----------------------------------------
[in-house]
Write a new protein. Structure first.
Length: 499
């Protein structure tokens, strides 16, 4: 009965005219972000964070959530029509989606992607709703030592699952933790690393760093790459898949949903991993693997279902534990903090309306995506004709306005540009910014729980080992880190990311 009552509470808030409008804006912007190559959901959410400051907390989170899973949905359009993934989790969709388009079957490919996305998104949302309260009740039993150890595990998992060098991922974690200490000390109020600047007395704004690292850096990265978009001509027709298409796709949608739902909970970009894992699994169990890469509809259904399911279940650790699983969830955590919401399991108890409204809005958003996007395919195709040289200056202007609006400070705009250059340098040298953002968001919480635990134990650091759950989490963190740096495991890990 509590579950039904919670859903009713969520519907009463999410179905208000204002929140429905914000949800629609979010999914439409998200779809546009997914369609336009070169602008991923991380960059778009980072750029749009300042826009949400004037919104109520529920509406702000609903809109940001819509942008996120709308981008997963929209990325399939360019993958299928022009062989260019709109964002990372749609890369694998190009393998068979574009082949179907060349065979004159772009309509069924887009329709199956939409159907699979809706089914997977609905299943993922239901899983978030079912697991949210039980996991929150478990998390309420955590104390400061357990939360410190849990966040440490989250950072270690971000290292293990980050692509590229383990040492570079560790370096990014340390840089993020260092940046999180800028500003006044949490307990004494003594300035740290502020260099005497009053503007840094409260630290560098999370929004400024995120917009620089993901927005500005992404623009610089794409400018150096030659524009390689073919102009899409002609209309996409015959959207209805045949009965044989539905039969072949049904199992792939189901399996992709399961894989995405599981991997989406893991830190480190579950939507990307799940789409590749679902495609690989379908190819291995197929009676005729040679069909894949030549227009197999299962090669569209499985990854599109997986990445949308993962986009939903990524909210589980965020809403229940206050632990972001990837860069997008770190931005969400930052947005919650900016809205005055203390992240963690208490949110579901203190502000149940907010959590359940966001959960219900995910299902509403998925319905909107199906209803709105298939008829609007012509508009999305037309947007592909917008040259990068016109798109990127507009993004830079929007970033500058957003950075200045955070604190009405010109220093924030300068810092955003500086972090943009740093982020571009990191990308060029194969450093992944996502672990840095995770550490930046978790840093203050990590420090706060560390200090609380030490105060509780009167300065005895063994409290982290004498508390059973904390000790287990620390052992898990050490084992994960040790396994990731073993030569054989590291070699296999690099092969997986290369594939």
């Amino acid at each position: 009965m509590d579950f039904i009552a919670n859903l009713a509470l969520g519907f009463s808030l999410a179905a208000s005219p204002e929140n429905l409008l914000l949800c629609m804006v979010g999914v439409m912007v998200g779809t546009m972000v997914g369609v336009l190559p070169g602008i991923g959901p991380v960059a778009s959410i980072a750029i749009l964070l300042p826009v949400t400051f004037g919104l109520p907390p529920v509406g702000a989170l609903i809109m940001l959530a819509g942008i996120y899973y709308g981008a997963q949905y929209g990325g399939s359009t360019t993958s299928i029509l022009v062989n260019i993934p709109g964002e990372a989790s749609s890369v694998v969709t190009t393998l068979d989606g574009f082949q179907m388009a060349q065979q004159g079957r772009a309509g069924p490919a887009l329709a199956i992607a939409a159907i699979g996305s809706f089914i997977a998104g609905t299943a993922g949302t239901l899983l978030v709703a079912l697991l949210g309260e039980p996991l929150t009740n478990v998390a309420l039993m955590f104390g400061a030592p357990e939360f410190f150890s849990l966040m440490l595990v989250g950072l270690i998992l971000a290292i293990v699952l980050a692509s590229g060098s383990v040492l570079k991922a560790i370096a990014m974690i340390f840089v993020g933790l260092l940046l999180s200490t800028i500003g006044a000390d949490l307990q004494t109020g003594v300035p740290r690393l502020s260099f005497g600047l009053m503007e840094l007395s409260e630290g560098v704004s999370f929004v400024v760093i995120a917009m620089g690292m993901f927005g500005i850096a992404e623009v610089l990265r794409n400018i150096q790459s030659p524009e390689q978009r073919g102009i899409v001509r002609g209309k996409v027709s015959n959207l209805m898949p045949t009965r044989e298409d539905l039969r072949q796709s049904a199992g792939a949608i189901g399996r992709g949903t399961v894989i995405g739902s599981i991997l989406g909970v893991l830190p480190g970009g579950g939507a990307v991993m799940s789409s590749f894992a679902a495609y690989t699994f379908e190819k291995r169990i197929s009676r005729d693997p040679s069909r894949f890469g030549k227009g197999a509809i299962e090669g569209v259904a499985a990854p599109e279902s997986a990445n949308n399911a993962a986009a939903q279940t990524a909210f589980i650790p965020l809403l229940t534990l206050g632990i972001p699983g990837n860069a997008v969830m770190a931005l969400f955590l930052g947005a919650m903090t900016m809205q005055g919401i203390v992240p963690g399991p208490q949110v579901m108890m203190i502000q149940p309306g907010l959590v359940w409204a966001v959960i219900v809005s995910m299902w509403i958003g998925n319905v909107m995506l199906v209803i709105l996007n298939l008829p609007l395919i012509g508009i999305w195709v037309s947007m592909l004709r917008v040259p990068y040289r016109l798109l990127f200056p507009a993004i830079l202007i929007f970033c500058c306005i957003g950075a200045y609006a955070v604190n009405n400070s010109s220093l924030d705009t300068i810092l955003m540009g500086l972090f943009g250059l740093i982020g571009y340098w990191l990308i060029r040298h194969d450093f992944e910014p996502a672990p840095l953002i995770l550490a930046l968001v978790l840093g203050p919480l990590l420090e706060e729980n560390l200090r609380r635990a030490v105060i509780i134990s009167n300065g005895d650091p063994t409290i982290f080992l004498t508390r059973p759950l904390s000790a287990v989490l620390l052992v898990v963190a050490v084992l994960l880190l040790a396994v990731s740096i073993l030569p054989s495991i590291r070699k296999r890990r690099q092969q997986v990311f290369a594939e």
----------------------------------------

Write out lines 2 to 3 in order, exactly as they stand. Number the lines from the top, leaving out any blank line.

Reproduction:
Write a new protein. Structure first.
Length: 499